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SC in no rush to join 48 other states with hate crimes law

February 1, 2022 GMT
South Carolina Rep. Beth Bernstein, D-Columbia, joins members of the South Carolina Legislative Black Caucus is asking the state Senate to take up a hate crimes law passed last year by the House at a news conference on Tuesday, Feb. 1, 2022, in Columbia, S.C. South Carolina is one of only two states without a hate crimes law. (AP Photo/Jeffrey Collins)
South Carolina Rep. Beth Bernstein, D-Columbia, joins members of the South Carolina Legislative Black Caucus is asking the state Senate to take up a hate crimes law passed last year by the House at a news conference on Tuesday, Feb. 1, 2022, in Columbia, S.C. South Carolina is one of only two states without a hate crimes law. (AP Photo/Jeffrey Collins)
South Carolina Rep. Beth Bernstein, D-Columbia, joins members of the South Carolina Legislative Black Caucus is asking the state Senate to take up a hate crimes law passed last year by the House at a news conference on Tuesday, Feb. 1, 2022, in Columbia, S.C. South Carolina is one of only two states without a hate crimes law. (AP Photo/Jeffrey Collins)
South Carolina Rep. Beth Bernstein, D-Columbia, joins members of the South Carolina Legislative Black Caucus is asking the state Senate to take up a hate crimes law passed last year by the House at a news conference on Tuesday, Feb. 1, 2022, in Columbia, S.C. South Carolina is one of only two states without a hate crimes law. (AP Photo/Jeffrey Collins)
South Carolina Rep. Beth Bernstein, D-Columbia, joins members of the South Carolina Legislative Black Caucus is asking the state Senate to take up a hate crimes law passed last year by the House at a news conference on Tuesday, Feb. 1, 2022, in Columbia, S.C. South Carolina is one of only two states without a hate crimes law. (AP Photo/Jeffrey Collins)

COLUMBIA, S.C. (AP) — Republicans in the South Carolina Senate don’t appear to be in any rush to make their state the 49th in the county to pass a hate crimes law.

Democrats in the House gathered Tuesday to talk to reporters and put pressure on senators to act on a bill that adds penalties to violent crimes based on someone’s motives.

The House passed the bill in 2021, although it removed hate crime penalties for property crimes such as painting a swastika on a synagogue.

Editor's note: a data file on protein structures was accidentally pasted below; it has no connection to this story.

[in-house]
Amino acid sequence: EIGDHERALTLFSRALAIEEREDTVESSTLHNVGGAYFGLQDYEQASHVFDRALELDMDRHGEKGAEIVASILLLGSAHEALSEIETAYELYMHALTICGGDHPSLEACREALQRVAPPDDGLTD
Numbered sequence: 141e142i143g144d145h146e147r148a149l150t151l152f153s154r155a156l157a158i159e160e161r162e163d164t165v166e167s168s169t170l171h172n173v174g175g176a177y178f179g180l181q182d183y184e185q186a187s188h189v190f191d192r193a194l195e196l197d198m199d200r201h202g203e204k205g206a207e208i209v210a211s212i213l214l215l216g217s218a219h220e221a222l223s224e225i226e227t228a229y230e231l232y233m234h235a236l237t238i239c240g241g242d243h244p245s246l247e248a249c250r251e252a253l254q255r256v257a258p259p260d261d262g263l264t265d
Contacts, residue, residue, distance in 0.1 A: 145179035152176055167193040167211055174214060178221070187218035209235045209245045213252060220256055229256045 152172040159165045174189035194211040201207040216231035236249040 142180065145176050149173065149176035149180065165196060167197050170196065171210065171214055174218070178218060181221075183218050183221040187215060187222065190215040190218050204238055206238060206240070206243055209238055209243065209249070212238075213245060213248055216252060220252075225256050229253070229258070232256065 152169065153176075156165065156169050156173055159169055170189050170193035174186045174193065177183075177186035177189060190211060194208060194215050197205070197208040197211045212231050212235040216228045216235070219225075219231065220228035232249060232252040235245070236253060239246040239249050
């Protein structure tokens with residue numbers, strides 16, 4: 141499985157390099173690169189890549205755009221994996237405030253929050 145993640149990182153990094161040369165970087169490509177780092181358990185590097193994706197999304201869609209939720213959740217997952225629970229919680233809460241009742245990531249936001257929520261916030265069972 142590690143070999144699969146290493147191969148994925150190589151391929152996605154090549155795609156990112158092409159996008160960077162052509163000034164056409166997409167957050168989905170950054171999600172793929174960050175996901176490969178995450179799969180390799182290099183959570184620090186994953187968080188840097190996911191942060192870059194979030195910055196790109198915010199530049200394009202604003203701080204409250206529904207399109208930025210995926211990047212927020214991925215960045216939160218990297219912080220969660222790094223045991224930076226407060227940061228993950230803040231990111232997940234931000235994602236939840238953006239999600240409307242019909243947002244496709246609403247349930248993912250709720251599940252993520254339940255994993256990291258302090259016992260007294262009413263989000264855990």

The bill started this legislative session last month on the Senate floor and hasn’t moved, leaving South Carolina and Wyoming as the only U.S. states without a hate crimes law. If it doesn’t pass before the session ends in May, the proposal would have to start all over again in 2023.

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“We have some great senators over there. But now we need them to stand up and show a little backbone,” said Rep. Wendell Gilliard, a Charleston Democrat.

The “ Clementa C. Pinckney Hate Crimes Act ” allows prosecutors to ask the same jury that convicted someone for extra punishment for a violent crime based on the race, color, religion, sex, gender, national origin, sexual orientation or physical or mental disability of the victim.

The bill is named for Pinckney, a state senator killed along with eight others in a 2015 racist attack on a Bible study at Emanuel AME Church, a historic Charleston church founded in 1817 by slaves. Pinckney was the church pastor.

Senate Majority Leader Shane Massey said Tuesday that he agrees with a number of his fellow Republicans that current laws and how they are enforced are properly punishing people for what are considered hate crimes. The shooter at the Charleston church is on federal death row as U.S. prosecutors tried him under the federal hate crime statute.

“The way this bill is drafted, it doesn’t do anything to protect anybody. It doesn’t make anybody’s life better,” said Massey, a Republican from Edgefield.

Supporters of the bill have accepted some compromises.

It covers only violent crimes, despite worries that having the extra penalties might be more important and have a larger symbolic affect for crimes like one last month in Sumter, where a 17-year-old was arrested and charged with aggravated breach of the peace or altering a changeable traffic message sign to say “honk if you hate” ending with a racist slur against Black people.

Supporters said sending a message through the law that people won’t stand for that kind of hate is as important as allowing for more time in prison.

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The arguments from senators against the bill were previewed in a Senate Judiciary Committee hearing last year. Several of them said crimes are crimes, no matter what their motivation, including Sen. Richard Cash, who wondered if the bill could be expanded to include a sports fan who beats up another fan over a bitter team rivalry or a student who hates their teacher.

The South Carolina Chamber of Commerce made a public push last year to get the bill through the House, saying that companies might pause when they find out South Carolina is isolated from most of the rest of the country on the issue. Passing the hate crimes law is one of the group’s key goals for this session, but they haven’t held any news conferences or public push yet.

Massey said he expects pressure from all sorts of groups to take up the bill and time will tell if it is effective.

“The Chamber of Commerce certainly had some influence on the House side,” Massey said. Ï don’t know that they are very influential over here.”

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Follow Jeffrey Collins on Twitter at https://twitter.com/JSCollinsAP.